maintaining health eating habits with respect to balanced diets (Wolin et al. 2009).
Economic and financial crises prevent governments of different nations to engage in awareness
of obesity amongst its citizens hence creating more risks. Increased technology within the current
world necessitated development and creation of different moving objectives such as automobiles,
which have led to increased laziness amongst the global population in respect to doing exercises
through walking. Today, individuals prefer using such automobiles to move from one place to
another however short the distance may be hence creating a society where physical activities are
a problem (Boehmer et al. 2007).

Public Policy
several policy measures have been put in place to control obesity and associated issues. Some of
the main policies include
 Development of policies that apply nutritional standards consistent with Dietary
Guidelines within different nations

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 Improving of availability of affordable healthier food and beverage choices within
various public places to enhance healthy dietary management practices
 Creating of more distributional channels for foodstuffs especially in underserved areas
 Provision of food incentives to retailers that sell food for their location in strategic places
and throughout an environment
 Improvement of mechanisms through which foodstuffs are made available (Rappange, et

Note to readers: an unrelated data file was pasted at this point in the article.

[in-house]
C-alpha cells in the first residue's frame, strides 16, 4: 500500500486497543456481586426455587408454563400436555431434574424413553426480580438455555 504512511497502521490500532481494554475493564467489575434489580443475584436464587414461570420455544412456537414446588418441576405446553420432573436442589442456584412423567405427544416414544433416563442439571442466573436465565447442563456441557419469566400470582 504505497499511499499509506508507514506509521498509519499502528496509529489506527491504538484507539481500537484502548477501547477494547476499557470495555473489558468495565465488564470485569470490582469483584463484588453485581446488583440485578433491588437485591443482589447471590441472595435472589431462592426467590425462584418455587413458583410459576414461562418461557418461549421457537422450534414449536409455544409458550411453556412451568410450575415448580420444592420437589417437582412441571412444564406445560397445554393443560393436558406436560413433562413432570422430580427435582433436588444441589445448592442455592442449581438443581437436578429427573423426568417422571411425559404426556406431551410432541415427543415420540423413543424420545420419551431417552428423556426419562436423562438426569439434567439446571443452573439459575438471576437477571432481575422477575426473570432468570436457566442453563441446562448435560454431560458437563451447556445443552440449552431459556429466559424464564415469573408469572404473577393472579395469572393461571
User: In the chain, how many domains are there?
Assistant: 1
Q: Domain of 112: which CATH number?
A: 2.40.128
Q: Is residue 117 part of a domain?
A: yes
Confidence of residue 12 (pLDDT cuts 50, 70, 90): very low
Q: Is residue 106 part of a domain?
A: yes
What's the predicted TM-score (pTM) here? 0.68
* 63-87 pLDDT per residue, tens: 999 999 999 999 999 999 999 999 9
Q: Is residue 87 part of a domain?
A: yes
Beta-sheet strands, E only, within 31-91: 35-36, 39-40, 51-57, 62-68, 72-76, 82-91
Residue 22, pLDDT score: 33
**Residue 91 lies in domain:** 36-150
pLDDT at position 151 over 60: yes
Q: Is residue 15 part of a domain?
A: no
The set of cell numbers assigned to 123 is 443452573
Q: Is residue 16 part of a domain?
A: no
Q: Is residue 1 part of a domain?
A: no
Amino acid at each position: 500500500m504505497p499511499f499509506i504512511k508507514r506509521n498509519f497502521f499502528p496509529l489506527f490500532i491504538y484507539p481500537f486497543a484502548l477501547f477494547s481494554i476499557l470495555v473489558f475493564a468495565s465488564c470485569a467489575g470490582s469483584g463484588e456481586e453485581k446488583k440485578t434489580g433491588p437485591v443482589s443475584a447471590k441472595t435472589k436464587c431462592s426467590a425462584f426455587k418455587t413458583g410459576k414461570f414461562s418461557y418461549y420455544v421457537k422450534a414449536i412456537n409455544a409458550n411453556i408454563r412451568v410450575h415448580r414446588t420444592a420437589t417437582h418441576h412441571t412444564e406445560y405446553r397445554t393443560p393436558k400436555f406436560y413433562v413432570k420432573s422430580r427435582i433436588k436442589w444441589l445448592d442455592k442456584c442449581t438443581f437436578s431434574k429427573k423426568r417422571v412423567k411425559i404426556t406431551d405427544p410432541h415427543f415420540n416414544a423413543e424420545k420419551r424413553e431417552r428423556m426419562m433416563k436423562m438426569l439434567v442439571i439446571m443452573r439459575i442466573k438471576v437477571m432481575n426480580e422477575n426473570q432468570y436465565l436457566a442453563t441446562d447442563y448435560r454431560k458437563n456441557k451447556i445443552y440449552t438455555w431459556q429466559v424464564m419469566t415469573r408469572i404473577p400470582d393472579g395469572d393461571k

Like many other health conditions, obesity is epidemic hence the need for proper and
effective management practices. Obesity results from many factors such as environmental,
illnesses, genetics, psychological, and drugs amongst others and not eating without exercises
alone. There is need for citizens across the global to take in this concept in order to practice
better management of the situations.


Boehmer, U., Bowen, D.J. & Bauer, G.R.( 2007). “Overweight and Obesity in Sexual-Minority
Women: Evidence From Population-Based Data”, American Journal of Public Health,
vol. 97, no. 6, pp. 1134-40.

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Himes, C.L. (2000) “Obesity, disease, and functional limitation in later life”, Demography, vol.
37, no. 1, pp. 73-82.
Monteverde, M., Noronha, K., Palloni, A. & Novak, B. (2010). “Obesity and Excess Mortality
among the Elderly in the United States and Mexico*”, Demography, vol. 47, no. 1, pp.
Rappange, D.R., Brouwer, W.B.F., Hoogenveen, R.T. & Van Baal, P.,H.M. (2009) “Healthcare
Costs and Obesity Prevention”, PharmacoEconomics, vol. 27, no. 12, pp. 1031-1044.
Wolin, K.Y., Colangelo, L.A., Chiu, B.C.-. & Gapstur, S.M. (2009). “Obesity and Immigration
Among Latina Women”, Journal of Immigrant and Minority Health, vol. 11, no. 5, pp.